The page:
Growing up in small-town, rural Northwest Missouri, I was surrounded by agriculture and developed an early interest in pursuing a some sort of career in biology.
I attended college at Missouri State University to major in Biology and
in 2013, I was selected to participate in a NSF Research Experience for Undergraduates at Iowa State University, where I developed a research project with Dr. Jonathan Wendel, who's lab studied a crop system I previously knew nothing about - cotton.
Iowa is, admittedly, a weird place to study cotton -- it isn't grown on any farm in the state, and the natural range of its wild relatives barely even touches the Southern border of the US. Some wild cotton populations can be found along the coast of the Gulf of Mexico, and even more distant relative in the Southwest US in Arizona. But in Iowa? Not a cotton plant in sight.
That is, except in the greenhouse on the roof of Bessey Hall. It turns out, the lab I was joining wasn't directly interested in the agricultural impacts of cotton at all - they were interested in understanding the consequences of a single event that occurred in cotton genomes ~1-2 million years ago -- two species hybridized and the resulting genome was entirely doubled. This new lineage of cottons had twice as many chromosomes and twice as many genes as its closest relatives, but also produced longer, stronger fibers than any of its relatives. This process of chromosome doubling (known as polyploidy) is widespread throughout plants and is particularly common in the histories of many of the agricultural crops we use today - corn, soybeans, quinoa, and peanuts, just to name a few.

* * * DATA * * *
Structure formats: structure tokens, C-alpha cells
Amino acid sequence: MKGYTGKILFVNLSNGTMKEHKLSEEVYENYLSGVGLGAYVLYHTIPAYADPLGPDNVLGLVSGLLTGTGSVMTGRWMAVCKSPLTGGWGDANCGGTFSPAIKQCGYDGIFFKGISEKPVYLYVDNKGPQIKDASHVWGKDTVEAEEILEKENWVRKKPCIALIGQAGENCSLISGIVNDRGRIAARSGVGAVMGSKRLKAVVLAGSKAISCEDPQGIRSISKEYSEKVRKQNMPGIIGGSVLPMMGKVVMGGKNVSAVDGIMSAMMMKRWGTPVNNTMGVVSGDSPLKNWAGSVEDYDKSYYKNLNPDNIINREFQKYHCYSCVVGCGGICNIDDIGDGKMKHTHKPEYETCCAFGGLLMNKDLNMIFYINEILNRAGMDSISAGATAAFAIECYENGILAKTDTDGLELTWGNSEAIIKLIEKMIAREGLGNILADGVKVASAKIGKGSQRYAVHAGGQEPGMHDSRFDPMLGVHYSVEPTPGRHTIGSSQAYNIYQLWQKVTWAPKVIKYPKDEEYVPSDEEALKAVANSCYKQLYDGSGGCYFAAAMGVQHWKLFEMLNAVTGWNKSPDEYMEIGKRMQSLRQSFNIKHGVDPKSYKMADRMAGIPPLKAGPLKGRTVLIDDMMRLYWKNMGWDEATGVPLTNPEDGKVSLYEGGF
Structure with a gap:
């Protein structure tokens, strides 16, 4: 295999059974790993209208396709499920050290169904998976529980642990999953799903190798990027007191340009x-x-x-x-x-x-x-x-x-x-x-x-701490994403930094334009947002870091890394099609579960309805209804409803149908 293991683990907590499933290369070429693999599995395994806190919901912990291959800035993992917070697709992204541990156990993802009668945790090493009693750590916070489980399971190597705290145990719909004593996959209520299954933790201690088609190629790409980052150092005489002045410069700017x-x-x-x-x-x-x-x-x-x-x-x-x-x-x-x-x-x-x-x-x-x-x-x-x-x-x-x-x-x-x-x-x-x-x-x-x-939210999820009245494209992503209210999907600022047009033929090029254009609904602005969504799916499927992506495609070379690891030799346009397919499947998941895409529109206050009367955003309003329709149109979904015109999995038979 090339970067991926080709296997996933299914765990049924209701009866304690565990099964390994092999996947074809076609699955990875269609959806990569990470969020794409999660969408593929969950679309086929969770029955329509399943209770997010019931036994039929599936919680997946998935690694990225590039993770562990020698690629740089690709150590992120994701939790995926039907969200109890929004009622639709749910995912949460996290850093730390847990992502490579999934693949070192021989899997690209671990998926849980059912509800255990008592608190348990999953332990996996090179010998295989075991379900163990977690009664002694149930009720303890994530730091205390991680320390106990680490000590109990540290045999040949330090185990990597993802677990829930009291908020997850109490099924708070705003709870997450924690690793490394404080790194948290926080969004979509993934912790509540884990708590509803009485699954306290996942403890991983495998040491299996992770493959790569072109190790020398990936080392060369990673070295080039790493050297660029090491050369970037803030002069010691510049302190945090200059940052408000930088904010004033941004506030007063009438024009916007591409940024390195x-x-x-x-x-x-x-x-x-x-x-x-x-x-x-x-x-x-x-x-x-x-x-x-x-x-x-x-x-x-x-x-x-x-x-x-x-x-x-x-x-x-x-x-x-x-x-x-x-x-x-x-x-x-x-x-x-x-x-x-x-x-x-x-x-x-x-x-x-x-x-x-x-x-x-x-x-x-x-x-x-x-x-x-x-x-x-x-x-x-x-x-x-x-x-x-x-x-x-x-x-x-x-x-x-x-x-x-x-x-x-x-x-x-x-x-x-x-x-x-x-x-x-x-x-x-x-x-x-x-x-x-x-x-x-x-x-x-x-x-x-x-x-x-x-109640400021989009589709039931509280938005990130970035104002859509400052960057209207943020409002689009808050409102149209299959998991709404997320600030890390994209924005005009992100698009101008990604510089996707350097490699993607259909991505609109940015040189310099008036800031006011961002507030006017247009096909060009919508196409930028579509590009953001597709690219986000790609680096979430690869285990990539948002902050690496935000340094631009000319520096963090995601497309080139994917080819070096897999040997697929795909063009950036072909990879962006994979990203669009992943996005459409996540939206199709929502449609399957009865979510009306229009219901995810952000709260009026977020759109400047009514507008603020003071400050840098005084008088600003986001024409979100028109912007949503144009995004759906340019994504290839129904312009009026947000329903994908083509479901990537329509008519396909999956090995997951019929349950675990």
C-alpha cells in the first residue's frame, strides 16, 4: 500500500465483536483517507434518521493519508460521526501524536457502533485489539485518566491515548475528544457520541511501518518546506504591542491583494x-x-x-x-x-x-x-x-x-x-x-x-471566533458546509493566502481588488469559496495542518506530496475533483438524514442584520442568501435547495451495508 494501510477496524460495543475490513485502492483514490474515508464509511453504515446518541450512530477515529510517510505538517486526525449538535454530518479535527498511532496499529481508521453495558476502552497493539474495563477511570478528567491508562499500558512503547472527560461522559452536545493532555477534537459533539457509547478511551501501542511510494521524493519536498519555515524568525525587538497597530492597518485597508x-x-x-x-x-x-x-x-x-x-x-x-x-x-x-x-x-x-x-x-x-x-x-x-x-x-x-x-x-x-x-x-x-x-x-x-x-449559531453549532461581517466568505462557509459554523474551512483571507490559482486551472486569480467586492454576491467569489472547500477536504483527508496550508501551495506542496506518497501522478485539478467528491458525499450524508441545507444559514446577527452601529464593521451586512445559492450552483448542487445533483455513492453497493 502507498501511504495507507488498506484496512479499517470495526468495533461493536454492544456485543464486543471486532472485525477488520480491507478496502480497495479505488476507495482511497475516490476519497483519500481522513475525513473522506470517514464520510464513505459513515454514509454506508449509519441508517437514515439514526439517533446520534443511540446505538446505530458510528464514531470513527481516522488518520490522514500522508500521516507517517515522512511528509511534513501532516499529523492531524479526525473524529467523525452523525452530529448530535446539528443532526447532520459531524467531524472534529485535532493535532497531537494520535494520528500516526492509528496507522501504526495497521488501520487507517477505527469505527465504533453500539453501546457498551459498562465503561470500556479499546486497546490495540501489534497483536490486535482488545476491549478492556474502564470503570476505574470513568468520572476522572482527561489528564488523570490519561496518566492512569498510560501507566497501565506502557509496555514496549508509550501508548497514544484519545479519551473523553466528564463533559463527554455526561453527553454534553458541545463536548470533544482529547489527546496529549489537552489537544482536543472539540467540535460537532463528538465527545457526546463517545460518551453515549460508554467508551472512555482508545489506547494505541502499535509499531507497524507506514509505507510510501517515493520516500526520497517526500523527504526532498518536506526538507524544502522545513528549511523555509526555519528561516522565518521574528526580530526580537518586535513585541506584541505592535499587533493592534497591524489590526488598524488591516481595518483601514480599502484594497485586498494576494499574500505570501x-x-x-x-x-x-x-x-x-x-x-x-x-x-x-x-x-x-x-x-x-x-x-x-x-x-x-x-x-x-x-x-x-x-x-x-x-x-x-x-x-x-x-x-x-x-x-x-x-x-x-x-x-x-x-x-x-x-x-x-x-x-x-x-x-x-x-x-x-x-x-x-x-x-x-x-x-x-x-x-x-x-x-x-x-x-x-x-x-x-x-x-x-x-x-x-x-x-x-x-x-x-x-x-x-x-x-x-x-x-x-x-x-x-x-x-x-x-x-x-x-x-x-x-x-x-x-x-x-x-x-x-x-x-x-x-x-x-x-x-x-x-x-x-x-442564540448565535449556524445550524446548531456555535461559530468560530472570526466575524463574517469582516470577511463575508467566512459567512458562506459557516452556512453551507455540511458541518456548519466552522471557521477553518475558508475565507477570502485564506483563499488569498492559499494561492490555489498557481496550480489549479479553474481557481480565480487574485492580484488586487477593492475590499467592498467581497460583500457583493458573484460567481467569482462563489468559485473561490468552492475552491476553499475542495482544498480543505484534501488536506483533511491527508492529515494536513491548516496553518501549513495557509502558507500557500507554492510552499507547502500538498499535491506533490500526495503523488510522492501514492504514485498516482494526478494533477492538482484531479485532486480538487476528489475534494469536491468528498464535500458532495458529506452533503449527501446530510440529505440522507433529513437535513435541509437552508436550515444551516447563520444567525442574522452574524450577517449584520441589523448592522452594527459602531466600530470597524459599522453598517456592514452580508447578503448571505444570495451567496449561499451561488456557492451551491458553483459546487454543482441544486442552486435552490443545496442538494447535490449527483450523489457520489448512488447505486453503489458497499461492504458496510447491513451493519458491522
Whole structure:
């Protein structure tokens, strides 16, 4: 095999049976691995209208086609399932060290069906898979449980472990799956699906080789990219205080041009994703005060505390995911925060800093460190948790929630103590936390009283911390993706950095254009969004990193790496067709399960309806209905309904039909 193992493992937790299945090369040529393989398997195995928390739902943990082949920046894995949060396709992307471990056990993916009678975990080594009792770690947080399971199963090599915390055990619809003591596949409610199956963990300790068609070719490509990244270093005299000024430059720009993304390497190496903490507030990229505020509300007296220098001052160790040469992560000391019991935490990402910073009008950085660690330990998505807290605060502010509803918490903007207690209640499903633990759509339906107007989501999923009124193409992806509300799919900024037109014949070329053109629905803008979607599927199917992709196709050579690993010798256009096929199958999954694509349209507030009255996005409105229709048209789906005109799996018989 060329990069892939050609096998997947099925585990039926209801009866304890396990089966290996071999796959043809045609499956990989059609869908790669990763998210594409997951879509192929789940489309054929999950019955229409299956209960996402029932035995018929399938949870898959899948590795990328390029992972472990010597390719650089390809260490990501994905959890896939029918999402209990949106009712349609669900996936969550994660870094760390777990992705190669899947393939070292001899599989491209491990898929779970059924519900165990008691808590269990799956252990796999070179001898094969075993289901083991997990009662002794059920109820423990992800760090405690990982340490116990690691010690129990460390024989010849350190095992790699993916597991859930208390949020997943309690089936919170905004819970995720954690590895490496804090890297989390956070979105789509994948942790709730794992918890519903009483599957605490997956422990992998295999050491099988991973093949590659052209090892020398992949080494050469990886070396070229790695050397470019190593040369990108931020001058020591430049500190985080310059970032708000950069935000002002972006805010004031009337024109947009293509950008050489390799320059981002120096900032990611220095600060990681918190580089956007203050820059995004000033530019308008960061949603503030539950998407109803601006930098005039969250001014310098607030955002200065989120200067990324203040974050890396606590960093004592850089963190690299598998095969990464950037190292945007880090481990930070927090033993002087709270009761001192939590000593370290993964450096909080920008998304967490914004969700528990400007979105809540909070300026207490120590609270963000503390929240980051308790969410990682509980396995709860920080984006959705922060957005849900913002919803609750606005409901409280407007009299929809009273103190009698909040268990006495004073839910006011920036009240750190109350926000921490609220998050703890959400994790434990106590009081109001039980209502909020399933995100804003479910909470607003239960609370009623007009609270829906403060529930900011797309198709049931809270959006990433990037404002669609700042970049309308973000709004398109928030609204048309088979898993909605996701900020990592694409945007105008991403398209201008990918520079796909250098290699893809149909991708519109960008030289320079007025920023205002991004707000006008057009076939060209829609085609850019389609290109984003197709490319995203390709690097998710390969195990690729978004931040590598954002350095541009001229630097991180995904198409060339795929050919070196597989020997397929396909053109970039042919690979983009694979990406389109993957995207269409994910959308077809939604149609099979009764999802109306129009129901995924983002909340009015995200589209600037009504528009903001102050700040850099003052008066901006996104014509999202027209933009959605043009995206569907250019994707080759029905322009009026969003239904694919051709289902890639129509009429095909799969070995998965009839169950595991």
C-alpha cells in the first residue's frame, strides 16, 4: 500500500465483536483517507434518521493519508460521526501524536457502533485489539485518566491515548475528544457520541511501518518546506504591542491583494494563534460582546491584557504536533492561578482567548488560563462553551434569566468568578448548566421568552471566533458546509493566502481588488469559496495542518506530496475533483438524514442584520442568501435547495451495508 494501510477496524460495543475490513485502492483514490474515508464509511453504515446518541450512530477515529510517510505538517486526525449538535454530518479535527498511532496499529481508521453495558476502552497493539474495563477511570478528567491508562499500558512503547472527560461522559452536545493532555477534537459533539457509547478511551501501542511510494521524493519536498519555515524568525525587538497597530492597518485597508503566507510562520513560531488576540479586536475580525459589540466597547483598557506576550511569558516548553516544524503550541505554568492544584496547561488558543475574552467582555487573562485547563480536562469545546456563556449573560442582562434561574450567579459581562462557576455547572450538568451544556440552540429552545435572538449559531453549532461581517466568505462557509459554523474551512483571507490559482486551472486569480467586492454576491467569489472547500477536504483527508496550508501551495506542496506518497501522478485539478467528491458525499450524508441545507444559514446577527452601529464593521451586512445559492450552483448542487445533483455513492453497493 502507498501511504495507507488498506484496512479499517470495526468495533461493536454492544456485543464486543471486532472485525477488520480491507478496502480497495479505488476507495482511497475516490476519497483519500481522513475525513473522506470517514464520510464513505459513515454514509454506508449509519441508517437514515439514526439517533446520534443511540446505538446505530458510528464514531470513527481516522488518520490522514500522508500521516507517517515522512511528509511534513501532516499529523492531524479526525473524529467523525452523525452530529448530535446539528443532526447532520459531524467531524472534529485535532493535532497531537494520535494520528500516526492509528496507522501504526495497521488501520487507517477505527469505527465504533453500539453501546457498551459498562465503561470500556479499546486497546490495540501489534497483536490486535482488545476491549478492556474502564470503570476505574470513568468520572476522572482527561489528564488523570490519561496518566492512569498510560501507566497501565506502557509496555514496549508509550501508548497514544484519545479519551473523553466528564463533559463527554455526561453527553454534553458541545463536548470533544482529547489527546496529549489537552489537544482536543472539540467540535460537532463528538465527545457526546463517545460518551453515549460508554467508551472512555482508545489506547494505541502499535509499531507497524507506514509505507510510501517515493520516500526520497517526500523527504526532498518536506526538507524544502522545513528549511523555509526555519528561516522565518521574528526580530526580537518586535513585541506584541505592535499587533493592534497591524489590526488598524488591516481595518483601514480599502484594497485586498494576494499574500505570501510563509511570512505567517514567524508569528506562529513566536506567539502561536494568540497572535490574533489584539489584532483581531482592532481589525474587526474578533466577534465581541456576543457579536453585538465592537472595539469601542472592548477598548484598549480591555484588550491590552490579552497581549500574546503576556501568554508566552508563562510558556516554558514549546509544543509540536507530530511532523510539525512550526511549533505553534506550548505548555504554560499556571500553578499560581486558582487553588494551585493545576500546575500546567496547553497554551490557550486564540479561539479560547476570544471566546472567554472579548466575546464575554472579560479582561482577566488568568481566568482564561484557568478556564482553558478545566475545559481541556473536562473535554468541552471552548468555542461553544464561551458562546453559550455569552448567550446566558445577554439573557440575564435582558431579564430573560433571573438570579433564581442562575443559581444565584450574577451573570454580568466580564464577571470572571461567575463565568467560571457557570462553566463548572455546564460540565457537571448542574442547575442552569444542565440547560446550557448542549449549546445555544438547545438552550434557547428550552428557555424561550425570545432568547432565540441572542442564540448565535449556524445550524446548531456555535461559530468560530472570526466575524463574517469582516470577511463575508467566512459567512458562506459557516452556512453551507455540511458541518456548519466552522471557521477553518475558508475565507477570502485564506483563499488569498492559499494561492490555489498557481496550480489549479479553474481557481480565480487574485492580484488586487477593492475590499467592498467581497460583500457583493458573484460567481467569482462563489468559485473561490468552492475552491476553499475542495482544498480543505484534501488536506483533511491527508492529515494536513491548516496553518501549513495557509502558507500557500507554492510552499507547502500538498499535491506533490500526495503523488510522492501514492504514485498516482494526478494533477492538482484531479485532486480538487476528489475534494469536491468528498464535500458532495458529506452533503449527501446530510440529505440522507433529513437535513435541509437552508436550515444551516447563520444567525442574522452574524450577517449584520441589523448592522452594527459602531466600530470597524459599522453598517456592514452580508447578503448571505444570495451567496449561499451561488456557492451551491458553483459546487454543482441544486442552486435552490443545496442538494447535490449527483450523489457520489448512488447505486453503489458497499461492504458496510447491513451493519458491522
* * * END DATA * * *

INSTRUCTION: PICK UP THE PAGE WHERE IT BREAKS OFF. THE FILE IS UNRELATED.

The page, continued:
It was during this summer that I first discovered the value that crops can provide in better understanding how genomes change over time, and was my first introduction to the field of evolutionary genomics. After this summer experience, I enrolled in every class at Missouri State University that was remotely related to evolution or evolutionary genomics (admittedly not very many), and began a research project in a lab that was as closely related to plant evolution as I could find - a lab that studied fungal resistance in grapes.
After graduating from Missouri State University in 2015, I returned to Dr. Wendel's lab at Iowa State to pursue my PhD in Genetics in Genomics. I recently graduated in December 2021, after writing my dissertation entitled "Molecular Evolution Following Allopolyploidization in Gossypium" which built on the same fundamental questions I first discovered in that REU experience in the summer of 2013.
During graduate school, I was fortunate to develop collaborative projects with scientists around the country (and even a few with international collaborators). In particular, I still maintain strong collaborations with Dr. Dan Sloan at Colorado State University and Dr. Joel Sharbrough at the New Mexico Institute of Mining and Technology, both of whom are interested in evolutionary process involving interactions between the mitochondria, plastids, and nucleus.
Currently, I am a NSF Postdoctoral Research Fellow at the University of Arizona, working with Drs. Michael Barker and Ryan Gutenkunst to understanding the role that ancient and recent polyploidy events have on the distribution of fitness effects in Brassica populations.